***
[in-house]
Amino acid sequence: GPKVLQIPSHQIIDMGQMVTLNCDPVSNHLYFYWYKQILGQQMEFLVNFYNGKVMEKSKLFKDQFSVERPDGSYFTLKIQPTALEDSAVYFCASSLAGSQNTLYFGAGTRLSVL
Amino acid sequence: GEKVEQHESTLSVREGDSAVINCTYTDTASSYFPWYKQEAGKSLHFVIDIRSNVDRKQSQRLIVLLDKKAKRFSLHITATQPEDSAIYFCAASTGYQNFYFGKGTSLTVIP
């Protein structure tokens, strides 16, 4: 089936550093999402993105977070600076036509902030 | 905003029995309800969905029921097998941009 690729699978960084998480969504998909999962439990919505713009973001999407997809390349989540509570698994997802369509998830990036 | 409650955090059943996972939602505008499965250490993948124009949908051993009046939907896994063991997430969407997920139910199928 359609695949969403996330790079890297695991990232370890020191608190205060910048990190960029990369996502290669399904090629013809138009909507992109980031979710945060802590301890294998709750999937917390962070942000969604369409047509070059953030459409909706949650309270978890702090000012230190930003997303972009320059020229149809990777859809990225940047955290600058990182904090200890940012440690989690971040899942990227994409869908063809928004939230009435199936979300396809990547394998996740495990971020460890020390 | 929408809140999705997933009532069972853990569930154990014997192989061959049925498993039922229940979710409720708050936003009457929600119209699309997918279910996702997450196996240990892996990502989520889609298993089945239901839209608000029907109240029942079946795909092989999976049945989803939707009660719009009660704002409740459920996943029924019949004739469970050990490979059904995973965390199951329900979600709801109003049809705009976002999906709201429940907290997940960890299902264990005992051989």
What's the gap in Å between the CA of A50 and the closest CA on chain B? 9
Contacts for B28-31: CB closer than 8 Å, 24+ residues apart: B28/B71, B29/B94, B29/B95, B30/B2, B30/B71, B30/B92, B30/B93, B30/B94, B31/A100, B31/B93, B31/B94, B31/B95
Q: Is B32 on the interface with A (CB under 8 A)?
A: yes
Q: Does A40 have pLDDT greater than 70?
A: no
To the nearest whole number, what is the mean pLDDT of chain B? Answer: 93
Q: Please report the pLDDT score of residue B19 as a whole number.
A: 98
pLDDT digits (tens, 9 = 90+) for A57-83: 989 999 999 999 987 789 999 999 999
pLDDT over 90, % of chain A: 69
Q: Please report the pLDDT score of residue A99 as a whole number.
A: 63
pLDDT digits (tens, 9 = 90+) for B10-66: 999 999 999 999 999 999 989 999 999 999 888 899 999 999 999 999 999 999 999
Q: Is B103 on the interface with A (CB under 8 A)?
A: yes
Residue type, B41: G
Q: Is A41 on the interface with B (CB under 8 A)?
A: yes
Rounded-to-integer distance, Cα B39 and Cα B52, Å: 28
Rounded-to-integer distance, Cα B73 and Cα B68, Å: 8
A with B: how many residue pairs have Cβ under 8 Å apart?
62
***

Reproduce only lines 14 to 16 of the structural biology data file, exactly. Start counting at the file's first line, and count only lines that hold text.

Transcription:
pLDDT digits (tens, 9 = 90+) for A57-83: 989 999 999 999 987 789 999 999 999
pLDDT over 90, % of chain A: 69
Q: Please report the pLDDT score of residue A99 as a whole number.